Okay. So. First thing's first. Etymology. Denmark probably means something like "flat borderlands," the Den being "flat" or "cave", the Mark being march or merki in Ye Olde Language, meaning woodland or borderland. Sweden means... "people of the Swedes," and no one is quite sure where "Sue/Svea/Sve/Sví" comes from, even though they all agree those thing mean the same thing. One of the theories is it's something like "ocean/lake people." Another is something like "kin." I went with the one that matched. :| Also, Norway means "path to the north." Easy.

The little story about Dan, Nori, and Østed is real. Kind of. King Dan is sometimes cited as the one who founded/created the Dani people, and that the Danes are named after him for that. And his brothers formed the Norwegians and Swedes. There's no actual proof the guy/s existed, but the Roman Emperor Dan is said to have fought is none other than Julius Caesar Augustus. It's a cute story that matches pretty well with Hetalia.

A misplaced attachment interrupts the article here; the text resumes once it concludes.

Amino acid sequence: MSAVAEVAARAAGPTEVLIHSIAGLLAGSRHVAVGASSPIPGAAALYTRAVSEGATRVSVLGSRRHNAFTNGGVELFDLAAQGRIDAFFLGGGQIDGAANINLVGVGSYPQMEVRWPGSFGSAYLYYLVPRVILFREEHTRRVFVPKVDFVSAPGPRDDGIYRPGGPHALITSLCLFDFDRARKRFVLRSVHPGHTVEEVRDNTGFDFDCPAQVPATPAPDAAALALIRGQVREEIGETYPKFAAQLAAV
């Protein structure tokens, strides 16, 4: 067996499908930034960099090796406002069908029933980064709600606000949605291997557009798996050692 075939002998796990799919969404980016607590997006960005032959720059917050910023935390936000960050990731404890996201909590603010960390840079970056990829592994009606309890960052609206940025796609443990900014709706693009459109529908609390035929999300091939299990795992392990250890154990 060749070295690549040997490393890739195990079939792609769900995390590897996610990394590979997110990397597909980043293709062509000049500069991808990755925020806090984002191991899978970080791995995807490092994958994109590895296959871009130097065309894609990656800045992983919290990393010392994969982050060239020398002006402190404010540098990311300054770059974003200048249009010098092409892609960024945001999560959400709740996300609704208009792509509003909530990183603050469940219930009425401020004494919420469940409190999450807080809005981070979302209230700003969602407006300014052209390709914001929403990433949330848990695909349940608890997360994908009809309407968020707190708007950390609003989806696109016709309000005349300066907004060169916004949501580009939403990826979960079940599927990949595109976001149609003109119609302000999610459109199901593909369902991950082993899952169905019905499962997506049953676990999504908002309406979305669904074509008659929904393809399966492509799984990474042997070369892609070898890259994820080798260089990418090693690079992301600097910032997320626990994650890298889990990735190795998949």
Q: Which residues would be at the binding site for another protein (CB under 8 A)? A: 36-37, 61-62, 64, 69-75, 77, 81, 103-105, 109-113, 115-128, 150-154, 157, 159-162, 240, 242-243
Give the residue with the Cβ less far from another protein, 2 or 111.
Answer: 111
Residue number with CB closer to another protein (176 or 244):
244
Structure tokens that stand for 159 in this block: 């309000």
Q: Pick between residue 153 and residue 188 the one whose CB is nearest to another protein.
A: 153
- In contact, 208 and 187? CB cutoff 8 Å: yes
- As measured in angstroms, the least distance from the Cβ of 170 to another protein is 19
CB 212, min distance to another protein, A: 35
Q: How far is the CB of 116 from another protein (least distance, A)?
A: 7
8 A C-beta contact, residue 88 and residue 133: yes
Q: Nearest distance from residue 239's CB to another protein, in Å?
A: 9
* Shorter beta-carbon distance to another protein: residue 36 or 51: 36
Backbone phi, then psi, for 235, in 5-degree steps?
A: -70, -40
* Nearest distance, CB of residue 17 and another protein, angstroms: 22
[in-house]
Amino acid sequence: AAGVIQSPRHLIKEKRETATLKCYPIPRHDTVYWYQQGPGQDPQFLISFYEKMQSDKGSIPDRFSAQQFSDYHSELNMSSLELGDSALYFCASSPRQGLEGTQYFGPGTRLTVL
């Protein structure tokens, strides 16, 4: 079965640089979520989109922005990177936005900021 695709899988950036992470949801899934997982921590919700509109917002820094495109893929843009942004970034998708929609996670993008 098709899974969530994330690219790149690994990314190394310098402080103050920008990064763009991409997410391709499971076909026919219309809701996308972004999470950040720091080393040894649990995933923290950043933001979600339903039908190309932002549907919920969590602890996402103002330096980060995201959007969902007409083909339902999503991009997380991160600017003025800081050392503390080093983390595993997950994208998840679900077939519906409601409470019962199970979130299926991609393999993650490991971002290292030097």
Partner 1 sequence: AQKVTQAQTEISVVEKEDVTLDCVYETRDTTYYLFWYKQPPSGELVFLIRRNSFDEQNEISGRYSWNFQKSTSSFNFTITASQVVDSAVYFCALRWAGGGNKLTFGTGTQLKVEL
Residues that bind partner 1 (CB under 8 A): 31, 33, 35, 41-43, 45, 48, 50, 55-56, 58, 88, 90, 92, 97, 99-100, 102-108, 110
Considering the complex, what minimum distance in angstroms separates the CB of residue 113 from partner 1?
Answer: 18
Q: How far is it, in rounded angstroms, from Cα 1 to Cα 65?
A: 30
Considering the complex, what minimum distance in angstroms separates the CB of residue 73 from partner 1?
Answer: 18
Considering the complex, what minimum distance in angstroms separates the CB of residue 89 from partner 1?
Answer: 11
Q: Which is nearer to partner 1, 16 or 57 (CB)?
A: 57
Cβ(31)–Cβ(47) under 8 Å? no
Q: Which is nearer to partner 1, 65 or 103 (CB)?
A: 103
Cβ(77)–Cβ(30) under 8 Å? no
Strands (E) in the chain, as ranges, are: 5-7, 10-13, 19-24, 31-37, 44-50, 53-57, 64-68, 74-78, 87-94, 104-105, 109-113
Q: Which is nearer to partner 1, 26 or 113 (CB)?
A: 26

The last part takes place in the 1820s or 1830s, lol. The territories named are all part of modern day Denmark, except for Scania, which traditionally was until Sweden took it during the Northern Wars. Apparently there's a fair amount of Scanians who want to go back to Danish rule...technically speaking, the first part of the story probably ought to have taken place in Scania, but oh well.

This was originally a prompt from a friend, asking for Denmark before he knew he was a country. There's a lot of rambling I could do on this subject, but since the idea of a nation is very modern (18th century), and the idea of a country or kingdom is even more recent than you'd think, I figure that little baby Denmark—immortal, secluded—probably would have thought he was some kind of god. After all, his people were polytheistic.